With those words, Ms. Naruse heads over to the next room, and brings back a tablet full of her translations. The 266 registered epitaphs have been classified into 161 dungeon manuals, 82 historic documents, and 23 cryptic epitaphs. Around 40% of them seem to overlap in content.

“266…that’s way more than I expected.”

“On average, one epitaph per dungeon has been discovered every year.”

Oh, I see. Even if it’s just 80 per year, it’ll become 240 in three years.

“Now that I’ve heard the breakdown from you, I somehow feel like the epitaph discovery rate is rather low.”

“Since the discovery frequency goes up the deeper you head into dungeons, the pace might increase in the near future. Though, the overlapping content might become even more confusing as the epitaphs grow in number,” Ms. Naruse frowns.

The discovery of epitaphs is similar to drops from monsters, but an epitaph can be hidden somewhere on a floor, or simply lay on the ground.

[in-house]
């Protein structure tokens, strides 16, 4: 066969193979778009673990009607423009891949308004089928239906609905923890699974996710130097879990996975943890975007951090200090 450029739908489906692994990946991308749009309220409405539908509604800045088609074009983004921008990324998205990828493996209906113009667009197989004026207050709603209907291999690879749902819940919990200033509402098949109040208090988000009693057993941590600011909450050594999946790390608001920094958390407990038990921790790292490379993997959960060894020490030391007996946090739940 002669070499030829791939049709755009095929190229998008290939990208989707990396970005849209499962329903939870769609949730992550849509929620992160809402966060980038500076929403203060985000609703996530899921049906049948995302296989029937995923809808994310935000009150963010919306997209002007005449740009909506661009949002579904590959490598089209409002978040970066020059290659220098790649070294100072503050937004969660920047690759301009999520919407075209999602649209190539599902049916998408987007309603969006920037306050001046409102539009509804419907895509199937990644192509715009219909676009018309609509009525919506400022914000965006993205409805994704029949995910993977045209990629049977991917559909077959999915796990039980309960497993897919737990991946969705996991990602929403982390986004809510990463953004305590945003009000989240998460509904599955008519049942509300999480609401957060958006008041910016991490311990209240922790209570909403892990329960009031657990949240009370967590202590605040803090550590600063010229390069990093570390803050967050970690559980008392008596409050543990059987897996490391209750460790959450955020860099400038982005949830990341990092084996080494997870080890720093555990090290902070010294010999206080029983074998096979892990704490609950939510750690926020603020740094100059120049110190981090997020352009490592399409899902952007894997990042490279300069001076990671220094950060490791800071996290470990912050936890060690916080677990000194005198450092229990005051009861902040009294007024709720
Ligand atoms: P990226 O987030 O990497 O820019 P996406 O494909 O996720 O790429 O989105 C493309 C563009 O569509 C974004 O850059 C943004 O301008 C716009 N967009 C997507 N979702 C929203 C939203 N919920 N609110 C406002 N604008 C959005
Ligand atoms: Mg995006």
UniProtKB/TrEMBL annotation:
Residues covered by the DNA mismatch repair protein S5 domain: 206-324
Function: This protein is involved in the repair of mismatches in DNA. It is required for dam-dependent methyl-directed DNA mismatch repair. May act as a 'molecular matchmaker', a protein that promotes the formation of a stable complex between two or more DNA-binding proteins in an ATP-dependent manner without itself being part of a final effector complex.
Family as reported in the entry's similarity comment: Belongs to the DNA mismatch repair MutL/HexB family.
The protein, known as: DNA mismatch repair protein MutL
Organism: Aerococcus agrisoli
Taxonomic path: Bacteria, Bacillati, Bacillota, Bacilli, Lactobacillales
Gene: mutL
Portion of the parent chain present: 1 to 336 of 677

“As far as I can tell from the additional information I’ve translated, items obtained from area bosses seem to play a major role in this as well.”

The epitaph about the ore drop of RU22-0012 came from an area boss, and BF26-0003 about the food was discovered on a unique monster that suddenly spawned like Hecate.

“It’s the same for something like this.” Ms. Naruse points at a page with GB26-0007 written on it. “This was found in the dungeon on Man Island. It talks about safety zones in dungeons.”

“Safety zones?”

The epitaph gives an overview about safe areas and safe floors which start to appear on the 32nd floor of a dungeon and below.

“Safe floor means an entire floor is a safe area?”

“Looks like it.”

“Senpai, if we spot such a floor, we can definitely build a town there.” Miyoshi rejoins the conversation, apparently having finished her call.

“What did Ms. Midori say?”

“We talked about that device we’ve discussed. For the time being, we’ve agreed to meet up tomorrow.”

Nodding at Miyoshi, I return to the topic of safe areas, “It sure sounds like a recurrence of the land-use issue inside dungeons. Ms. Naruse, it’d be best if you set up some rules in advance while you still can.”

Ms. Naruse bobs her head, answering, “I’ll bring it up with my boss.”

There are too many important epitaphs to count, such as US01-0001 which supports the dungeon = passage theory, or AU10-0003 which details the roles of dungeons. While quickly scanning through these, I notice that many terms you wouldn’t hear too often in daily life appear on several different occasions.

“What’s this 『Magic Particle』 that’s frequently referenced in here?”